VIDEO: Duke Energy sells Midwest generation business to Dynegy

[bc_video account_id=”1214147015″ player_id=”HypJxq3ml” video_id=”4156375047001″ min_width=”480px”]

Duke Energy completed the sale of its non-regulated Midwest Commercial Generation Business to Dynegy for $2.8 billion in cash.

The transaction includes ownership interests in 11 power plants and Duke Energy Retail Sales, the company’s competitive retail business in Ohio.

“This transaction allows Duke Energy to sharpen our focus to better meet our customers’ needs, while creating additional long-term value for our investors,” said Lynn Good, president, CEO and vice chairman of Duke Energy.

The cash proceeds from the transaction will be used to further strengthen the balance sheet while also quickly returning capital to shareholders.

About $1.5 billion will be used to repurchase shares of the company’s common stock through an accelerated share repurchase (ASR) program. The remainder will be used to pay down holding company debt and fund 2015 capital investments.

The transaction is expected to be accretive to the company’s adjusted diluted EPS within the first 12 months after closing.

Within the next several business days, the company expects to initiate ASR agreements with financial institutions to repurchase an aggregate of $1.5 billion of Duke Energy’s common stock. Once the ASR agreements are finalized, the company will make total payments of $1.5 billion to the banks and will receive immediate delivery and retirement of the vast majority of shares that are expected to be repurchased under the ASR agreements.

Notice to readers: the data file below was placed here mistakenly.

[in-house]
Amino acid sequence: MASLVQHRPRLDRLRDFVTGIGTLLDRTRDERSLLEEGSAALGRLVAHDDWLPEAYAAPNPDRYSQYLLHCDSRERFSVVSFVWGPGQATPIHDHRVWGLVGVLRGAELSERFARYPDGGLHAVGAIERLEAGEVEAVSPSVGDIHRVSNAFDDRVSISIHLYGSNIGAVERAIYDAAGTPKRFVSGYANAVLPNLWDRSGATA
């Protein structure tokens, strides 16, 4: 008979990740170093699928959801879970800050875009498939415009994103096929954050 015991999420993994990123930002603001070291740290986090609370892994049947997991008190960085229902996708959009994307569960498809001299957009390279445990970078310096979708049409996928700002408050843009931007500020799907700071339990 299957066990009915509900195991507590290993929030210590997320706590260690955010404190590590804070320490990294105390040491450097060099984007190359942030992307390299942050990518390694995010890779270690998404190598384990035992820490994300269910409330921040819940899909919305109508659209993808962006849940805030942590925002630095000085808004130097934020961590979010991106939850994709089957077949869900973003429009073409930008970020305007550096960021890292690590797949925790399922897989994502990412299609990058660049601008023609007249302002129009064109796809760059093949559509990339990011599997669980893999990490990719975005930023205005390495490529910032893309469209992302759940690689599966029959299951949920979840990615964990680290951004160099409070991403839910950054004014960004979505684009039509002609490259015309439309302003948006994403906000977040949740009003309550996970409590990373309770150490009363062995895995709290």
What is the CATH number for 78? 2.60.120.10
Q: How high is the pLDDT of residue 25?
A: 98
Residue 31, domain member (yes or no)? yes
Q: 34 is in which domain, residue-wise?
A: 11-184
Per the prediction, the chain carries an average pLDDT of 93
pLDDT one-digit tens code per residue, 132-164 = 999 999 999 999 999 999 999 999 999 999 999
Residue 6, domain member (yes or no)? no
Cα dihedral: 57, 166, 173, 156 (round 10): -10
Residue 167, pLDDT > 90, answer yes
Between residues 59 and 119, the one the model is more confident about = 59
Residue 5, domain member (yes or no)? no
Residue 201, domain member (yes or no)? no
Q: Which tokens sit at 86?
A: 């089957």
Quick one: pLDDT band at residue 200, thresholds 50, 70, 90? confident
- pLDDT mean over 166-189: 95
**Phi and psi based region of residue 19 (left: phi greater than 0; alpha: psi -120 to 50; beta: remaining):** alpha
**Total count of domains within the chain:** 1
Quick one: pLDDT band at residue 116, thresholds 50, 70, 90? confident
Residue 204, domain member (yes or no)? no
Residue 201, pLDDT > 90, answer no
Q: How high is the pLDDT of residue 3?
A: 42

The total number of shares that Duke will repurchase under the ASR agreements will be based generally upon the volume-weighted average share price of Duke’s common stock during the term of the transaction.

The non-regulated Midwest generation business sold to Dynegy includes 11 merchant power plants in Ohio, Illinois and Pennsylvania with a capacity of about 6,100 MW. The plants are dispatched into the PJM wholesale power market and equipped with significant environmental controls. The plants were fully owned or partially owned by Duke Energy Ohio and were reported in the company’s Commercial Power business unit.

“We are proud of the employees who have operated these plants for many years, and we appreciate the long and important role these operations have had for Duke Energy and our customers in the Midwest,” said Marc Manly, president of Duke Energy’s Commercial Portfolio.

The company began the process to exit its non-regulated Midwest Commercial Generation Business in February 2014. The Duke Energy Ohio and Kentucky and Duke Energy Indiana regulated utilities are not a part of the transaction.

Duke Energy’s financial advisors were Citigroup and Morgan Stanley. Bracewell & Giuliani was the company’s legal advisor.

Duke Energy is the largest electric power holding company in the United States with about $121 billion in total assets as of Dec. 31, 2014. Its regulated utility operations serve about 7.3 million electric customers located in six states in the Southeast and Midwest. Its commercial power and international energy business segments own and operate diverse power generation assets in North America and Latin America, including a growing portfolio of renewable energy assets in the United States.

Previous articleDuke Energy plan calls for solar power in Florida
Next articleSolarCity moves into New Mexico with new operations center
The Clarion Energy Content Team is made up of editors from various publications, including POWERGRID International, Power Engineering, Renewable Energy World, Hydro Review, Smart Energy International, and Power Engineering International. Contact the content lead for this publication at

No posts to display